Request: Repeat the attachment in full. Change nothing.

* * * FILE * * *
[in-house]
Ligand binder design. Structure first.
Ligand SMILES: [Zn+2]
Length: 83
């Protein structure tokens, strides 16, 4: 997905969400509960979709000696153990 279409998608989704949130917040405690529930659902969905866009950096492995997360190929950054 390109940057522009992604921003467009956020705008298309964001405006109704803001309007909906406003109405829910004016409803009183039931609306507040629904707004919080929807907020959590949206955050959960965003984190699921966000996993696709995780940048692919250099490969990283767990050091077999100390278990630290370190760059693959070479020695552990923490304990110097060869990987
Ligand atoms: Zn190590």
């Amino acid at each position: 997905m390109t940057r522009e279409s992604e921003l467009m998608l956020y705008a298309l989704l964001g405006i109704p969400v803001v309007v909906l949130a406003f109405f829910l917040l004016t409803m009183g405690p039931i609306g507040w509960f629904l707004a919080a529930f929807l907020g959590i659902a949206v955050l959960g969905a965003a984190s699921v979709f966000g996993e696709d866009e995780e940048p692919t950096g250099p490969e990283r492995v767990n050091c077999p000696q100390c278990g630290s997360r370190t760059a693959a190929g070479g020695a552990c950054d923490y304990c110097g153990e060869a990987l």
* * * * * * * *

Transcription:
[in-house]
Ligand binder design. Structure first.
Ligand SMILES: [Zn+2]
Length: 83
């Protein structure tokens, strides 16, 4: 997905969400509960979709000696153990 279409998608989704949130917040405690529930659902969905866009950096492995997360190929950054 390109940057522009992604921003467009956020705008298309964001405006109704803001309007909906406003109405829910004016409803009183039931609306507040629904707004919080929807907020959590949206955050959960965003984190699921966000996993696709995780940048692919250099490969990283767990050091077999100390278990630290370190760059693959070479020695552990923490304990110097060869990987
Ligand atoms: Zn190590």
């Amino acid at each position: 997905m390109t940057r522009e279409s992604e921003l467009m998608l956020y705008a298309l989704l964001g405006i109704p969400v803001v309007v909906l949130a406003f109405f829910l917040l004016t409803m009183g405690p039931i609306g507040w509960f629904l707004a919080a529930f929807l907020g959590i659902a949206v955050l959960g969905a965003a984190s699921v979709f966000g996993e696709d866009e995780e940048p692919t950096g250099p490969e990283r492995v767990n050091c077999p000696q100390c278990g630290s997360r370190t760059a693959a190929g070479g020695a552990c950054d923490y304990c110097g153990e060869a990987l």